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    As the OP has never done any clock repair before, I don't think he would recognise the stop works or how to see if they are set wrong. This is why I suggested he post pictures of his movement.

    JTD
     
  7. Scott Tzorfas

    Scott Tzorfas Registered User
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    Jul 3, 2014
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    JTD and Rickyn. Thank you very much for your replies! I will post photos later on today. Yes, I think the recorder part is in tact. It has the clocking in mechanism- I am not sure about the printer. Thank you for being patient and helpful, and I will show you photos later tonight. I would like to fix this myself. The damn clock is so heavy, that to move it is not easy!!! It was a bear getting it in the house. I would hate to have to transport it to be repaired. I think overall, it is in good condition.
    Scott
     
  8. Willie X

    Willie X Registered User

    Feb 9, 2008
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    You may already know: If you aren't planning to use the stamp part of the clock it will run better and last longer with normal strength springs. .0165" springs will allow easy winding with a normal (though large) key.
    Willie X
     
  9. Scott Tzorfas

    Scott Tzorfas Registered User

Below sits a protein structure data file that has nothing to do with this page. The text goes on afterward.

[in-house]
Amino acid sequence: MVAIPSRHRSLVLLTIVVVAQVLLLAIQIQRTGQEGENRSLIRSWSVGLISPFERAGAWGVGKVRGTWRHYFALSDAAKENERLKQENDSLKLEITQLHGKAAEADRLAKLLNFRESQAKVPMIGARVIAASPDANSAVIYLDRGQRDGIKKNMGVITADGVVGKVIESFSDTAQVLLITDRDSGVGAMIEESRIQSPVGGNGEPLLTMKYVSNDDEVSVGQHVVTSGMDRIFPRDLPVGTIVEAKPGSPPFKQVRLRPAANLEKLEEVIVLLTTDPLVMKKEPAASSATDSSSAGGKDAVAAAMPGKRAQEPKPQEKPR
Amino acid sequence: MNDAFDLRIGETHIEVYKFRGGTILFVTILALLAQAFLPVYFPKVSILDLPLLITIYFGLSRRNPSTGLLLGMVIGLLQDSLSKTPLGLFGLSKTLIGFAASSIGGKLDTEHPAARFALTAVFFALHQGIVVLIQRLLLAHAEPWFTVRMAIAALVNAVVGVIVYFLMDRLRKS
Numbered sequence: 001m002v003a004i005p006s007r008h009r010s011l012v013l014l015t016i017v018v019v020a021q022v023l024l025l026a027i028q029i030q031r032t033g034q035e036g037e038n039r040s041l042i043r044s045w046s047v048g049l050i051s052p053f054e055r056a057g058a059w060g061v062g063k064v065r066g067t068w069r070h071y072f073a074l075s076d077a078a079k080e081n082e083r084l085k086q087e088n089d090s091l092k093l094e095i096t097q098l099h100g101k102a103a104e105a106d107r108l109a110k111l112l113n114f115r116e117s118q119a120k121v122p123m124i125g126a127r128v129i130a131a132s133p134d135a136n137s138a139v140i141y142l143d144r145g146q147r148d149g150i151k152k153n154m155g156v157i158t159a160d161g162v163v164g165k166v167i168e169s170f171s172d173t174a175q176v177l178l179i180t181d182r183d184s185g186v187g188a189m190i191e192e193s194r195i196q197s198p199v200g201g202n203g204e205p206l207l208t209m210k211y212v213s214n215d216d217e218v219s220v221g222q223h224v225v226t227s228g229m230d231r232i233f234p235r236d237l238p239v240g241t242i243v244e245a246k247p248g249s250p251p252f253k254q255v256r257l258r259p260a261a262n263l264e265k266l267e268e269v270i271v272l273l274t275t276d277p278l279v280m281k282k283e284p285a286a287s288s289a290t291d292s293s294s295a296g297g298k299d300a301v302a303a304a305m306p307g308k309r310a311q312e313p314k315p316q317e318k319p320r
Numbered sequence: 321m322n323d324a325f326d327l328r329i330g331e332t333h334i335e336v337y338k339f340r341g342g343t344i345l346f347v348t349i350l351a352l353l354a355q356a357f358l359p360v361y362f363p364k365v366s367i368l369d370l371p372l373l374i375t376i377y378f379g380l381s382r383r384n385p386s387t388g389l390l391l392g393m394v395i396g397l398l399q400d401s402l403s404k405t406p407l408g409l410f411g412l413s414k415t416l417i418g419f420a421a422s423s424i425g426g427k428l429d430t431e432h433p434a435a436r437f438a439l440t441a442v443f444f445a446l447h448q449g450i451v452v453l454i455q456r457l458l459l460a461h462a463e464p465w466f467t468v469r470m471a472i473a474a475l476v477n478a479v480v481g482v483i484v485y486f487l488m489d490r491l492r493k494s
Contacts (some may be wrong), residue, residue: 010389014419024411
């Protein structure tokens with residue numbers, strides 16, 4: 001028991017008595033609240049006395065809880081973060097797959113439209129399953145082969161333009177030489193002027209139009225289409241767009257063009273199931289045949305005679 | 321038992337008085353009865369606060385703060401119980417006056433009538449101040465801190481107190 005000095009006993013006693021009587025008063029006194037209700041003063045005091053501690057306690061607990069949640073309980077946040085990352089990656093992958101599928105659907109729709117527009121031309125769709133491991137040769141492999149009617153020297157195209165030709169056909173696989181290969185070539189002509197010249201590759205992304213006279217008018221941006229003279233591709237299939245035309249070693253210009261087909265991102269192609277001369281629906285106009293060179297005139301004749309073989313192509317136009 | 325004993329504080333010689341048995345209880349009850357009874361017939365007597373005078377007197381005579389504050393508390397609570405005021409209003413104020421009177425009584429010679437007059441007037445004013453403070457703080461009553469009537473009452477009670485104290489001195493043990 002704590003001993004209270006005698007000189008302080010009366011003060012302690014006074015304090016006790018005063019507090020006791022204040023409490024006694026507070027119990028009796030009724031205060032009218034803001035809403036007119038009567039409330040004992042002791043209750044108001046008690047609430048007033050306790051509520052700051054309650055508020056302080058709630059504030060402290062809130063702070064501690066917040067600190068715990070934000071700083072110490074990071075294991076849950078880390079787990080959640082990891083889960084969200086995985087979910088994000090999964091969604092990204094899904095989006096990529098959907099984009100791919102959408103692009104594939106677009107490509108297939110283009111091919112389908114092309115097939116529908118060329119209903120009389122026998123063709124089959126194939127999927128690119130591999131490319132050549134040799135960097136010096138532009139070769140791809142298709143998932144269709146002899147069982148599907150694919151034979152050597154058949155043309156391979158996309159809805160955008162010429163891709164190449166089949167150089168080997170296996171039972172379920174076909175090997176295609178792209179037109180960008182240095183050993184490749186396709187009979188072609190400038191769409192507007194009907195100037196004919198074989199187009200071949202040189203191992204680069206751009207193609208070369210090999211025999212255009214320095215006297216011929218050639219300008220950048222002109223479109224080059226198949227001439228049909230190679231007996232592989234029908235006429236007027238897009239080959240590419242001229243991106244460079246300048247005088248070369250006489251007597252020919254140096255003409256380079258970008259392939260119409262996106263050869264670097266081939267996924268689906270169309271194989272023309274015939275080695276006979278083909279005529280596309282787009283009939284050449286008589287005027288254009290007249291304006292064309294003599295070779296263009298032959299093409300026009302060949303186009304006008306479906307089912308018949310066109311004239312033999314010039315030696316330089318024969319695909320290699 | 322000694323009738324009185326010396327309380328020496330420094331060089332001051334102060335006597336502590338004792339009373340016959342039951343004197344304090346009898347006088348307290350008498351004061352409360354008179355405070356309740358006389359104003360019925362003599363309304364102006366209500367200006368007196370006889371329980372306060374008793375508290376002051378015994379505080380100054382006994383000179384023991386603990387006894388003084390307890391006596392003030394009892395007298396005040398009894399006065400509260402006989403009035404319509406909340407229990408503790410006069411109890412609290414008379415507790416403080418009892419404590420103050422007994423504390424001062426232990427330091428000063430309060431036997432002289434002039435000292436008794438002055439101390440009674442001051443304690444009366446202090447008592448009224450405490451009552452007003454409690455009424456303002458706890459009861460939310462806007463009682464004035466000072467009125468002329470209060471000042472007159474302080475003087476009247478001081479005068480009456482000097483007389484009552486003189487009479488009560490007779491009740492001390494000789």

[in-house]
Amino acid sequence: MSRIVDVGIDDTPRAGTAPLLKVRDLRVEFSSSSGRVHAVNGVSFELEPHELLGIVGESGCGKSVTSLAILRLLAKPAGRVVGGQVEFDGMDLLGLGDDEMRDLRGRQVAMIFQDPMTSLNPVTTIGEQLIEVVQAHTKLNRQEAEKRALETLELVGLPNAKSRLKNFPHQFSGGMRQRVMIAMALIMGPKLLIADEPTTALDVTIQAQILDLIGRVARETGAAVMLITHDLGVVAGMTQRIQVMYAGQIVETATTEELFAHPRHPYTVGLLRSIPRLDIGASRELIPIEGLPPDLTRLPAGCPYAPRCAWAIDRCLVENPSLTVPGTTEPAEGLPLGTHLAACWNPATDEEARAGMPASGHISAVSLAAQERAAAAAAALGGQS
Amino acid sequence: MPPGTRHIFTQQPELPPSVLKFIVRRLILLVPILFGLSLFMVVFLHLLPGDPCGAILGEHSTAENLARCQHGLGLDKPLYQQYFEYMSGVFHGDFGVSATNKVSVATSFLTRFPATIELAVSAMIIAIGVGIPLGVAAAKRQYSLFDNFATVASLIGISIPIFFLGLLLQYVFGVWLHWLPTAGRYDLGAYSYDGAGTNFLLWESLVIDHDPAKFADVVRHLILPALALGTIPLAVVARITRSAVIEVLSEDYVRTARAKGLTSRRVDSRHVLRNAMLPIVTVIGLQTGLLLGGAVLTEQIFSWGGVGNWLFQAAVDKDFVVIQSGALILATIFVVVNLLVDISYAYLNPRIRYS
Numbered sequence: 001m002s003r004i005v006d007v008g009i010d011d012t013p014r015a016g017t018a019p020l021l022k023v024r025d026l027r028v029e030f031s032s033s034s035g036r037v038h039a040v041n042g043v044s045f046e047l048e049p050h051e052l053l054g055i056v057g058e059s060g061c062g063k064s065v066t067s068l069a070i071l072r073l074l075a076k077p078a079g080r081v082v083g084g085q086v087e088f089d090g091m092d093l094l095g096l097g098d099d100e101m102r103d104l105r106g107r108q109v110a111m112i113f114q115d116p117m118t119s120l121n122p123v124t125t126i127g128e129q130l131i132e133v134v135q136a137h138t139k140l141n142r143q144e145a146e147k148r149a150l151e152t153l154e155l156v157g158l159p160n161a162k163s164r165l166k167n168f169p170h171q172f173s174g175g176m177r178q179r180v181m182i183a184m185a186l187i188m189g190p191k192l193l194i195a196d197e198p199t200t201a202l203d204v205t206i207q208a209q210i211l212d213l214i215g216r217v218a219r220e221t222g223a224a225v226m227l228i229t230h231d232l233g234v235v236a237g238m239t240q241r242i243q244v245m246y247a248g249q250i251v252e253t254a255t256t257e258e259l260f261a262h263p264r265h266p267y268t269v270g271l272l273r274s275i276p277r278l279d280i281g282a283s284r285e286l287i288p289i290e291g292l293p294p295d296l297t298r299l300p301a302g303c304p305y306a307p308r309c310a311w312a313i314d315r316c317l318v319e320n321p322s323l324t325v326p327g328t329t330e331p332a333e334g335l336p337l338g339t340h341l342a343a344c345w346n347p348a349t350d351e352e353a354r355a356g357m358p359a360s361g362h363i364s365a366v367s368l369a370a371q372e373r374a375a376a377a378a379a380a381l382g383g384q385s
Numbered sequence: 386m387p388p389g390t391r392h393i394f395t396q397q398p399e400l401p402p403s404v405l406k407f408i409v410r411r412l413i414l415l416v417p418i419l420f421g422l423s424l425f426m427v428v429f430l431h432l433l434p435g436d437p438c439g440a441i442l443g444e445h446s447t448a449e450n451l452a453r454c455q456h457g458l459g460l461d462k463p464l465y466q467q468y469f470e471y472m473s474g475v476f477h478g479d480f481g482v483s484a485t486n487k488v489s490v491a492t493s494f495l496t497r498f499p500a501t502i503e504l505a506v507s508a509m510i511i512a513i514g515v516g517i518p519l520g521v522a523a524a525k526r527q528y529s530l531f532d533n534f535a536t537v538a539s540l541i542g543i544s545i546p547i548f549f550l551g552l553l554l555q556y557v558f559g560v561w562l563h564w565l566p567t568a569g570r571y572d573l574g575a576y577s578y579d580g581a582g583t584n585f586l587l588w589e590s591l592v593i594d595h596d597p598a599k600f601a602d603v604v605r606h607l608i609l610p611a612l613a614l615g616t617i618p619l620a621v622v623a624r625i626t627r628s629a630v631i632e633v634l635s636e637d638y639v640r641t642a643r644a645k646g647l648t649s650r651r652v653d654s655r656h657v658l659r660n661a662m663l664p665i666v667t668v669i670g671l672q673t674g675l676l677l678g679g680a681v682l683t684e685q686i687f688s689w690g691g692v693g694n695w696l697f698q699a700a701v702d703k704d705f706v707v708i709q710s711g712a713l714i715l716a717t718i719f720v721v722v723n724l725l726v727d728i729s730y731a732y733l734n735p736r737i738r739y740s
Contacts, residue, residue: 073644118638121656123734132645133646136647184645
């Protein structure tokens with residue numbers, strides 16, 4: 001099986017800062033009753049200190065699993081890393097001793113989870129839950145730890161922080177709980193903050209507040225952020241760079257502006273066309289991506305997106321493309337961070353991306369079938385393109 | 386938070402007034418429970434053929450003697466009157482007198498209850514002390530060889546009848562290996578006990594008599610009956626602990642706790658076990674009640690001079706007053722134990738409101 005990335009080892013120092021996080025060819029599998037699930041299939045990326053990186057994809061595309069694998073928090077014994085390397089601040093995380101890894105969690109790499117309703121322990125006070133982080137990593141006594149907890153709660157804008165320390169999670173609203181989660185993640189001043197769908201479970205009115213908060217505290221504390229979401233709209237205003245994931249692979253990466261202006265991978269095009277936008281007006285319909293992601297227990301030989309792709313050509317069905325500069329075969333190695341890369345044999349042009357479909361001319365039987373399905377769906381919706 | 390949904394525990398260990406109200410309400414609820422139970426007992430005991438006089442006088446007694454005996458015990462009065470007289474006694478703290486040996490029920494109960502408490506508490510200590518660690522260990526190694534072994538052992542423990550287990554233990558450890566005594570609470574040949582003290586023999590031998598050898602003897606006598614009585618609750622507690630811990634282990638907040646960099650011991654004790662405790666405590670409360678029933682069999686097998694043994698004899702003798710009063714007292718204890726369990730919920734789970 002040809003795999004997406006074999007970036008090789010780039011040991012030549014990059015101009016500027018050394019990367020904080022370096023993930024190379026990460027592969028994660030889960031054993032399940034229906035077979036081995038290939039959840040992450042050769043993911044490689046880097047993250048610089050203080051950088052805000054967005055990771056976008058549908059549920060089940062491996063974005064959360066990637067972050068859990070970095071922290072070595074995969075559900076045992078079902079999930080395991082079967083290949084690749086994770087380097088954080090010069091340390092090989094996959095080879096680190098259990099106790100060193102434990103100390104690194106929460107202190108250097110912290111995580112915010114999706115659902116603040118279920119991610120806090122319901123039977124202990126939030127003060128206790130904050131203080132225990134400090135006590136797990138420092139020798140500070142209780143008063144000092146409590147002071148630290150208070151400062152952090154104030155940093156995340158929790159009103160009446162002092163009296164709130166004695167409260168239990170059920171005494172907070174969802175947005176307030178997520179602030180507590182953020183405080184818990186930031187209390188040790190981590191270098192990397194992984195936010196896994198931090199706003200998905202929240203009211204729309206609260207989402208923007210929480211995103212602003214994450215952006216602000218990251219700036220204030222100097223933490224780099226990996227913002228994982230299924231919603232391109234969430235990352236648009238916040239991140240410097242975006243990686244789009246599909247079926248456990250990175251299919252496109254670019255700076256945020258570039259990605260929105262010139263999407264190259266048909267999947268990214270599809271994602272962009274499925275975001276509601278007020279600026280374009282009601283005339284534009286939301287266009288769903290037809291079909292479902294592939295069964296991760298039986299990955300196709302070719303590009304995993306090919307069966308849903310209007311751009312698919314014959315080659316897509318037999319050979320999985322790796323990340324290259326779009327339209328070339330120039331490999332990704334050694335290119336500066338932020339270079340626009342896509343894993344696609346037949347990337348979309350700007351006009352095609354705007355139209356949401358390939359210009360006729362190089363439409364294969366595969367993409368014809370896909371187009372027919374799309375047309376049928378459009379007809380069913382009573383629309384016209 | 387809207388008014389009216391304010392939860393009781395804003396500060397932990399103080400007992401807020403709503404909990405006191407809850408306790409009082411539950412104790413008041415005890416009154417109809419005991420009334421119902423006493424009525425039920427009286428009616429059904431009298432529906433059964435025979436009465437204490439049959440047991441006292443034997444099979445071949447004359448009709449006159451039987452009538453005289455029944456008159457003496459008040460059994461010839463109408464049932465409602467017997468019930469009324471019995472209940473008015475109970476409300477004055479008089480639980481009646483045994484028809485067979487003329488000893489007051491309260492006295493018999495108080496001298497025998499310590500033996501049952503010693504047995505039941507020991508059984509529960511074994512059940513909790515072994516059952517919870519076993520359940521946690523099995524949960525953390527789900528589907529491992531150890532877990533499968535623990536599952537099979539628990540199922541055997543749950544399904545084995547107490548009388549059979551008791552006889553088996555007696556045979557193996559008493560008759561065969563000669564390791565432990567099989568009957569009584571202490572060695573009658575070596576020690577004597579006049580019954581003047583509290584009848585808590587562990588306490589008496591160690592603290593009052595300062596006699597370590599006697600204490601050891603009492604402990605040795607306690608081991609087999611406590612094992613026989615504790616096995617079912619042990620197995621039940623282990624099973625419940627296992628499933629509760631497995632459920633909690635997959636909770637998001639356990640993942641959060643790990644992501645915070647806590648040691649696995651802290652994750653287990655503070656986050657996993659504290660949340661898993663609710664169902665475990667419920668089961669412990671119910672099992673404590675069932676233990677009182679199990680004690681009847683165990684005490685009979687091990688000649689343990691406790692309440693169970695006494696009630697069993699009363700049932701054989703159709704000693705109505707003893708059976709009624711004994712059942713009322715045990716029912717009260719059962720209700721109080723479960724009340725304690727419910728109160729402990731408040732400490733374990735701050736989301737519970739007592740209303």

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    Jul 3, 2014
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    Willie- that sounds like a great idea. I will not be using the recorder, so if normal springs would solve the problem, then that would be great. I will provide photos later. I just need a reference or instructions on how to replace the springs.
    Thank you,
    Scott
     
  10. JTD

    JTD Registered User
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    Replacing the springs at present will not solve anything. You need to find out why your clock is stopping when it does. Willie's suggestion applies when you have the movement running properly. We need to see the movement in clear photos - then perhaps we can either see what is happening or else help you to take it apart. The movement may need all sort of other things done and it is quite possible that there is nothing wrong with the present springs.

    Frankly, if you have never taken a clock apart before, this is not the one I would suggest you start on, but if you do, everyone here will be glad to help as much as possible. However, it needs to be done methodically and not piecemeal. Just replacing springs at this stage will not help. I don't mean to sound discouraging but I want you to have a successful outcome and feel pleased with what you have done.

    Please post the photos as soon as you can and you will get lots of help.

    JTD
     
  11. Scott Tzorfas

    Scott Tzorfas Registered User
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  12. bruce linde

    bruce linde Technical Admin
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    willie -